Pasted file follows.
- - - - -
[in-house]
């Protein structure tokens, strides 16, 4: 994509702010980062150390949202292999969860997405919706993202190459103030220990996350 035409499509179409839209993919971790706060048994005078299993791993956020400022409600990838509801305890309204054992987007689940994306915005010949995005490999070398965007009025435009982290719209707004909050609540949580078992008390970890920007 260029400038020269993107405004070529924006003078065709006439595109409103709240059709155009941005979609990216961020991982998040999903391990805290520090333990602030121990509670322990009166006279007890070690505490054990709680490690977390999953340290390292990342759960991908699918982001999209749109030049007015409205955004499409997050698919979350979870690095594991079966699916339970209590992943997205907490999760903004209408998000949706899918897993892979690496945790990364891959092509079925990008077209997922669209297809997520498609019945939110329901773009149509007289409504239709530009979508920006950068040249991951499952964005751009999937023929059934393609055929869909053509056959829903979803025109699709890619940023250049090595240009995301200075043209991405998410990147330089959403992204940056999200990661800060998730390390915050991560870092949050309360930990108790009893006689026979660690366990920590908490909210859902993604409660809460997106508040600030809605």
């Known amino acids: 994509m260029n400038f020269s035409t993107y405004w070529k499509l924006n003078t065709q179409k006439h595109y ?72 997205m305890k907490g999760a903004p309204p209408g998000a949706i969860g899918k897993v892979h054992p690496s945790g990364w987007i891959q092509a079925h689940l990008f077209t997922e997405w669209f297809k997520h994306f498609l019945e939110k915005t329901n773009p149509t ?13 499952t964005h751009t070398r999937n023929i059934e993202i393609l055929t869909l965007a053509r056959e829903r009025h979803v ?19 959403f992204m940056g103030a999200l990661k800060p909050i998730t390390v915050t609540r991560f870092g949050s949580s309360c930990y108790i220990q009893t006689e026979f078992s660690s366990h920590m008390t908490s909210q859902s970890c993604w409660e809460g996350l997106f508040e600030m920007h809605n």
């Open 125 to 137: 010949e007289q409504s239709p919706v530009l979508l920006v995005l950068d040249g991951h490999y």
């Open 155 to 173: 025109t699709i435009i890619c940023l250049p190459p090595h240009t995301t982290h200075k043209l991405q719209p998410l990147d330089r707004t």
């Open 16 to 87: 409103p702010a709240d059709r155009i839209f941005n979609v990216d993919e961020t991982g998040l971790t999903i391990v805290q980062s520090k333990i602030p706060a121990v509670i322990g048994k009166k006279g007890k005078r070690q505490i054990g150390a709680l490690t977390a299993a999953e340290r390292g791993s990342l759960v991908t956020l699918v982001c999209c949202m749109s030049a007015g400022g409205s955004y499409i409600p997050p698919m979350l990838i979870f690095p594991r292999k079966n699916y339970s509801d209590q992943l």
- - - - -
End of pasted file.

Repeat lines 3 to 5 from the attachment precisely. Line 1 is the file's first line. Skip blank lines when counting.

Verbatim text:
């Known amino acids: 994509m260029n400038f020269s035409t993107y405004w070529k499509l924006n003078t065709q179409k006439h595109y ?72 997205m305890k907490g999760a903004p309204p209408g998000a949706i969860g899918k897993v892979h054992p690496s945790g990364w987007i891959q092509a079925h689940l990008f077209t997922e997405w669209f297809k997520h994306f498609l019945e939110k915005t329901n773009p149509t ?13 499952t964005h751009t070398r999937n023929i059934e993202i393609l055929t869909l965007a053509r056959e829903r009025h979803v ?19 959403f992204m940056g103030a999200l990661k800060p909050i998730t390390v915050t609540r991560f870092g949050s949580s309360c930990y108790i220990q009893t006689e026979f078992s660690s366990h920590m008390t908490s909210q859902s970890c993604w409660e809460g996350l997106f508040e600030m920007h809605n």
């Open 125 to 137: 010949e007289q409504s239709p919706v530009l979508l920006v995005l950068d040249g991951h490999y």
């Open 155 to 173: 025109t699709i435009i890619c940023l250049p190459p090595h240009t995301t982290h200075k043209l991405q719209p998410l990147d330089r707004t």